These rules expect that a parse can at least be attempted, which is why this phase must follow the part of speech tagging phase. For performance reasons, sentences are only parsed on demand.  KEA uses PET (specifically the binary ``cheap'') as an XML-RPC server; if the server isn't detected, KEA will launch it as a daemon.

KEA uses PET Input Chart (PIC) input mode, which requires an XML document\footnote{See}. 
To request the parse of a sentence, KEA converts a sequence of tokens to an XML file using the document type definition pic.dtd from the Heart of Gold\footnote{See} and supplies that to PET. Currently only the w, surface, and pos elements are used; see \ref{fig:pic} for an example. 

A high priority work item is to either extend the KEA code to create a richer token lattice, or to outsource that job to Heart of Gold's TnTpiXML tokenizer, since some test inputs fail to parse in a reasonable time using the current simplistic token lattice, but are manageable using a lattice created by TnTpiXML.  

In either case, there is another opportunity to improve the lattice that is unique to this application. Every loan description contains the name of at least one borrower; these names are available in an HTML table on the Kiva editing web page.  A future work item, then, is to extract the HTML table contents and use those to mark the names in the token lattice as named entities. As an example, see the handling of the name ``Kim Novak'' at

\subsubsection{Age Expression}

The first (and currently only) parse phase rule searches sentences for expressions like ``x years old'', then examines the parse provided by PET to determine if the pluralization and hyphenation needs to be corrected.  Currrently it considers eleven cases.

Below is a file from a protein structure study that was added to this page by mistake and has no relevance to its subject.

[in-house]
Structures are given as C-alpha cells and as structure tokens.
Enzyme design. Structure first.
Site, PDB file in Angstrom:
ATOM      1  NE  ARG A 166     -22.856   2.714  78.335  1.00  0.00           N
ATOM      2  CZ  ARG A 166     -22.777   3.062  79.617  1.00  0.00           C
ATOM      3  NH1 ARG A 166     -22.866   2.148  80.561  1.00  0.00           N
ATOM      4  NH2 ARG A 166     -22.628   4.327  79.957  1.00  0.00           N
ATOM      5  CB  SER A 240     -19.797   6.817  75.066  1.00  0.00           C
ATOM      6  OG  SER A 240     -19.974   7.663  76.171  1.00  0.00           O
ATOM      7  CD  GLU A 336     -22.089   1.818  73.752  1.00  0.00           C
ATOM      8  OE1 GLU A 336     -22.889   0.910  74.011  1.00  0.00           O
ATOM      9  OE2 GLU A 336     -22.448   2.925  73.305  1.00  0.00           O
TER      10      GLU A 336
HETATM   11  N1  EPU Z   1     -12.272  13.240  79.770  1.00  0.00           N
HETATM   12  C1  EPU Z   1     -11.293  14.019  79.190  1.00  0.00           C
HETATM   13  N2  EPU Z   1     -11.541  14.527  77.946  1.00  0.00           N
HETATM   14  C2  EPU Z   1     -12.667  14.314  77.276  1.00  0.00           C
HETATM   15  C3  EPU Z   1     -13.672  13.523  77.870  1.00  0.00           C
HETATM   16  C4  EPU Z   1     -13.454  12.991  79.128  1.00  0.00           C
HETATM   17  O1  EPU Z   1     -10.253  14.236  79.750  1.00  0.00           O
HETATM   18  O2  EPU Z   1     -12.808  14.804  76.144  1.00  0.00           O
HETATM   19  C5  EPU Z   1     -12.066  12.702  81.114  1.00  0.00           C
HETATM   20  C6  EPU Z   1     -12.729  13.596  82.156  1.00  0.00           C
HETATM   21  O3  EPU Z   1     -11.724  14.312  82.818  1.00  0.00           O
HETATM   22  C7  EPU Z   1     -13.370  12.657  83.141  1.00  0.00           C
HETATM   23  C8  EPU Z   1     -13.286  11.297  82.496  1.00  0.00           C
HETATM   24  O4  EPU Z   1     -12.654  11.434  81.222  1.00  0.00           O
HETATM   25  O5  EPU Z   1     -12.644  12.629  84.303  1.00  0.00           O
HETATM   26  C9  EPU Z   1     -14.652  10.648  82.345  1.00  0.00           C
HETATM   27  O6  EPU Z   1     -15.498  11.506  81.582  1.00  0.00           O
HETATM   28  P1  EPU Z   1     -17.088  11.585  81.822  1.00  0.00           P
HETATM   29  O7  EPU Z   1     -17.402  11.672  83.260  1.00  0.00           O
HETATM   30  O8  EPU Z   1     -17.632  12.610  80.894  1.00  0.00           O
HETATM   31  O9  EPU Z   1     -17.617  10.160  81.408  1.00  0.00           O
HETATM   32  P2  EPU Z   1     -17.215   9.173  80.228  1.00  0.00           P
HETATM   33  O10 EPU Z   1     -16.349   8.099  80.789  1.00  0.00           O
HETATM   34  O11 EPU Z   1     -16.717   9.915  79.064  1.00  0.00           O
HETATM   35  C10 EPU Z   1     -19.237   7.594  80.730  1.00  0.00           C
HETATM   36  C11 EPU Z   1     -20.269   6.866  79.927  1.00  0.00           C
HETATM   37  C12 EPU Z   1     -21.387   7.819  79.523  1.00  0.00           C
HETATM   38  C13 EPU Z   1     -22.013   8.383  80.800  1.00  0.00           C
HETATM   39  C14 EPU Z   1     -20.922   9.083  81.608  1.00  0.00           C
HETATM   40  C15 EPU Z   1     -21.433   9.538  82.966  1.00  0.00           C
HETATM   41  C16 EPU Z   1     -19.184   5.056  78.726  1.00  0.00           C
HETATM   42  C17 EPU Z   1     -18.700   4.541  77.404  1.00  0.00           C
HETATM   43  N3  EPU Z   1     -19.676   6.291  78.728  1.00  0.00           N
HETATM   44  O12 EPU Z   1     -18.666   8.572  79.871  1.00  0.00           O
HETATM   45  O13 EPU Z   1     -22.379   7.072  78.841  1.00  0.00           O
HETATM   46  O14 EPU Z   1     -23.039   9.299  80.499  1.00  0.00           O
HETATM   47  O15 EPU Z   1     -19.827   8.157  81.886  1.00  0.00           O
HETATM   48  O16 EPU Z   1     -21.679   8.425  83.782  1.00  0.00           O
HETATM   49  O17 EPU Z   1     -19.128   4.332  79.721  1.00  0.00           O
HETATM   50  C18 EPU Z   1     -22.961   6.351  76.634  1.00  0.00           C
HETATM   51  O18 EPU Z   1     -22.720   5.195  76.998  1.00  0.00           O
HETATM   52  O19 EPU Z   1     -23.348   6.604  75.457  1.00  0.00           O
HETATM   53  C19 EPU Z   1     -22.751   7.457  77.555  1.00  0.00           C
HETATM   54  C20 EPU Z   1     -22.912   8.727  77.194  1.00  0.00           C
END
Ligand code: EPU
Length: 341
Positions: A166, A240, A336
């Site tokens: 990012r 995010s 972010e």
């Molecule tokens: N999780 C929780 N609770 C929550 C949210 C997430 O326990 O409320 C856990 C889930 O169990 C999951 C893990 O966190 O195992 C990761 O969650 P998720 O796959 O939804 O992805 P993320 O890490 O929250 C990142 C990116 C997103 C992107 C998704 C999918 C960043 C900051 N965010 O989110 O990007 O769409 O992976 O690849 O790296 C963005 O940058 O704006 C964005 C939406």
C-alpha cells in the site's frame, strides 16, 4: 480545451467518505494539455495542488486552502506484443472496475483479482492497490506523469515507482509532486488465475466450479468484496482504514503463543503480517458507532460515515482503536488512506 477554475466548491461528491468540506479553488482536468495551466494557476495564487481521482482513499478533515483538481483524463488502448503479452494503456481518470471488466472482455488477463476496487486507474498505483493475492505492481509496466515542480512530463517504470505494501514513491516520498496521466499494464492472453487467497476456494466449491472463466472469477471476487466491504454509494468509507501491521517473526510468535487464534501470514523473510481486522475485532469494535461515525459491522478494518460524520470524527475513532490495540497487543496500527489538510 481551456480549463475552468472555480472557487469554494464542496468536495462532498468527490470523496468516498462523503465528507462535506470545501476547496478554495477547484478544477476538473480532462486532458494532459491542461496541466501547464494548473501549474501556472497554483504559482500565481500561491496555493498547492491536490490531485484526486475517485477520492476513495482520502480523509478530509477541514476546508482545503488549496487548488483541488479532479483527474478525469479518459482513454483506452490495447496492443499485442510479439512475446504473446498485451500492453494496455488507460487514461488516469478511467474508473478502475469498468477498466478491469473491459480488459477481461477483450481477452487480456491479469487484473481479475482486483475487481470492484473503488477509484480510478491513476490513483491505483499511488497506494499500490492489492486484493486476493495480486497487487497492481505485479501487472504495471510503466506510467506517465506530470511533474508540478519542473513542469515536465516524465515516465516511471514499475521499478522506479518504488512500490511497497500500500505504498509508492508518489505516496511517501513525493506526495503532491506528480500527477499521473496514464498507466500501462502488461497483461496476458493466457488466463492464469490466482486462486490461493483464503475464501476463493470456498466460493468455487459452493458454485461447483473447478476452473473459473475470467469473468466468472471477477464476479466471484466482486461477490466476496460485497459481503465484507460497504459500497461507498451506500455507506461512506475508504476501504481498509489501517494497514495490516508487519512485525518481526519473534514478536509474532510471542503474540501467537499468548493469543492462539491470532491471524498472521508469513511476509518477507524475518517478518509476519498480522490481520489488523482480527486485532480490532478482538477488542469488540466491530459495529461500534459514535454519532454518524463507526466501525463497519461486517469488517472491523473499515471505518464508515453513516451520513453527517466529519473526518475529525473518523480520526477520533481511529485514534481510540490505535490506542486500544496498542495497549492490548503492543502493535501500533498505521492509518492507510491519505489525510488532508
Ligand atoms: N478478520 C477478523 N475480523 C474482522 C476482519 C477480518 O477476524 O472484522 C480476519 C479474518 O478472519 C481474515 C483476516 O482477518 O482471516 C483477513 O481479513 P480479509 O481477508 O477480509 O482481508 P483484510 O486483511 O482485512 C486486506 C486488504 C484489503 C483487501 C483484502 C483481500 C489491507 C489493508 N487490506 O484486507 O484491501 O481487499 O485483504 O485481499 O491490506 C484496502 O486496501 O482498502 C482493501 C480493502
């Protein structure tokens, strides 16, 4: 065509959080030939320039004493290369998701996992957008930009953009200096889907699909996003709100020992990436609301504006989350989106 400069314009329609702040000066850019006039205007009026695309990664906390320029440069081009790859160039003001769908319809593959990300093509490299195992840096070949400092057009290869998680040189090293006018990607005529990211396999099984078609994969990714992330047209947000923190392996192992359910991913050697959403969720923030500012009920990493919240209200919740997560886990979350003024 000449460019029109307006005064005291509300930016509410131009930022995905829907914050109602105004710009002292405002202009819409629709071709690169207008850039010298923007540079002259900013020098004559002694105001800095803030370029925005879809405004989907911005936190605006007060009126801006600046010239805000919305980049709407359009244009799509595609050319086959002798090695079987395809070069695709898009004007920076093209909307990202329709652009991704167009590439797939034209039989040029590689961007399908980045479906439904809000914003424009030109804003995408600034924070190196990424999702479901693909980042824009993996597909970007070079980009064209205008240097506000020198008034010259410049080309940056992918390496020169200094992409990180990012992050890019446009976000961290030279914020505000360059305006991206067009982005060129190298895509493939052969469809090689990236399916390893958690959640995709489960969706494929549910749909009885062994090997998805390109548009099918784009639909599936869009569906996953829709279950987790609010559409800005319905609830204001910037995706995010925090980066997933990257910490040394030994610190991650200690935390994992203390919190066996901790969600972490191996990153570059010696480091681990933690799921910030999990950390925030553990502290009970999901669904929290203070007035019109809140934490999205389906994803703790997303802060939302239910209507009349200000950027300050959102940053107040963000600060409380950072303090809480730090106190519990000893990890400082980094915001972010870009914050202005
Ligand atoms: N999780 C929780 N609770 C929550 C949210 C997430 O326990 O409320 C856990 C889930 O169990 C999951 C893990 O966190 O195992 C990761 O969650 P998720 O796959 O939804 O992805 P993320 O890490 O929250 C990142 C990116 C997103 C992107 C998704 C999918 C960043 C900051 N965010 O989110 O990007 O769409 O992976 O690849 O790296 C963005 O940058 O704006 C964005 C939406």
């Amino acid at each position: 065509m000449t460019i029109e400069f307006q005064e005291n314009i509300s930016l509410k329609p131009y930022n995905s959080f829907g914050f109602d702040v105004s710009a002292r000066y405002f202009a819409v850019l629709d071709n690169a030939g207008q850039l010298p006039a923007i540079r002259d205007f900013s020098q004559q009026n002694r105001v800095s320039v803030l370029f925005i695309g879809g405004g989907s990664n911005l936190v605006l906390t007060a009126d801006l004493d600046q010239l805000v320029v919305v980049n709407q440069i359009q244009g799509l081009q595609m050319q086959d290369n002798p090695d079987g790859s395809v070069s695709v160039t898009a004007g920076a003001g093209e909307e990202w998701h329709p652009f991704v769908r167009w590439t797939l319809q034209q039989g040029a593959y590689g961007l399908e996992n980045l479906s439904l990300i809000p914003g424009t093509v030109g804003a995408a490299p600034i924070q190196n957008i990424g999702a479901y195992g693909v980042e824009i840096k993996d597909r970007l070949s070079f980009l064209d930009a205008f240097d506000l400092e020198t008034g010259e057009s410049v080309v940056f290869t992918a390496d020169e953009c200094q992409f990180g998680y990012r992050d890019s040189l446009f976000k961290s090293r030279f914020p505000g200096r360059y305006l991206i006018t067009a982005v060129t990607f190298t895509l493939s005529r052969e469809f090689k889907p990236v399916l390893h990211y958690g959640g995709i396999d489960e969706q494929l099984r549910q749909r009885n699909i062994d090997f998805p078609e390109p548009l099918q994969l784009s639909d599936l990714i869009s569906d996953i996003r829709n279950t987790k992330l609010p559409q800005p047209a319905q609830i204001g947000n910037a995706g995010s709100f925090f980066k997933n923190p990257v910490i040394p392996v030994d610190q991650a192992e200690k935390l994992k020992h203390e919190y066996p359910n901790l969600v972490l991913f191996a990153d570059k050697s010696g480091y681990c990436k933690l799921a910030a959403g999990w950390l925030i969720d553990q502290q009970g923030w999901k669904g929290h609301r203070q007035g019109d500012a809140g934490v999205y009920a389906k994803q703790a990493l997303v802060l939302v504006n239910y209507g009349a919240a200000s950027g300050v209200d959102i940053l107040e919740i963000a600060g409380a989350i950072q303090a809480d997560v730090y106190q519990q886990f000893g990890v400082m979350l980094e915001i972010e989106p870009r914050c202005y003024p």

The first three cases are considered correct usages and are not changed:

\item Pat is 47 years old.
\item Pat is a 47-year-old farmer.
\item {Pat is 1 year old.}

\flushleft{These cases have the correct pluralization, but lack one or more hyphens:}

\item Pat is a 47 year old farmer.
\item Pat is a 47 year old lady who is a farmer.
\item Pat is a 47-year old farmer.
\item Pat is a 47 year-old farmer.

The remaining cases all have incorrect pluralization and, except for the last, which are missing one or more hyphens:

\item Pat is a 47 years old farmer. \label{it:years}
\item Pat is a 47-years old farmer.
\item Pat is a 47 years-old farmer.
\item Pat is a 47-years-old farmer.

Consider case \ref{it:years}. Having determined that the sentence contains the sequence ``years old'', KEA requests a parse tree (figure \ref{fig:farmer}). Seeing that the grandparent of the \tkn{years}{12:17} token is $\tt plur\_noun\_orule$ and that its great-grandparent's sibling is $\tt npadv$, which satisfy the criteria for case \ref{it:years}, KEA changes the tokens \tkn{47}{9:11} \tkn{years}{12:17} \tkn{old}{18:21} to \tkn{47-year-old}{9:11}.

<?xml version="1.0" encoding="utf-8"?>
<!DOCTYPE pet-input-chart SYSTEM "/home/david/Projects/Kiva-dev/pic.dtd">
  <w id="W1" cend="4" cstart="1">
    <pos tag="NNP" prio="1.000000e+00" />
  <w id="W2" cend="7" cstart="5">
    <pos tag="VBZ" prio="1.000000e+00" />
  <w id="W3" cend="9" cstart="8">
    <pos tag="DT" prio="1.000000e+00" />
  <w id="W4" cend="12" cstart="10">
    <pos tag="CD" prio="1.000000e+00" />
  <w id="W5" cend="18" cstart="13">
    <pos tag="NNS" prio="1.000000e+00" />
  <w id="W6" cend="22" cstart="19">
    <pos tag="JJ" prio="1.000000e+00" />
  <w id="W7" cend="29" cstart="23">
    <pos tag="NN" prio="1.000000e+00" />
  <w id="W8" cend="31" cstart="30">
    <pos tag="." prio="1.000000e+00" />
\caption{Pet Input Chart for ``Pat is a 47 years old farmer.''}

          <Pat 0:3>
        <is 4:6>
            <a 7:8>
                <47 9:11>
                  <years 12:17>
                    <old 18:21>
                      <farmer 22:28>
                        <. 28:29>
\caption{Parse tree for ``Pat is a 47 years old farmer.''}


For example, given the initial tokens: 

\tkn{10}{0:2} \tkn{000}{3:6} \tkn{PHP}{7:10}

the concatenation rule will alter them (notice the conservation of the indexes to the original text ranging from 0:6):

\tkn{10000}{0:6} \tkn{PHP}{7:10} 

then the currency delimiting rule will fire, producing:

\tkn{10,000}{0:6} \tkn{PHP}{7:10} 

 input      &  output      \\
 10 000       &  10000       \\
\caption{Concatenating numeric tokens.}

\section{Future Work}
- improve token lattice with Heart of Gold
- pluralizing currency names
- user-friendly GUI
- support for other O/Ss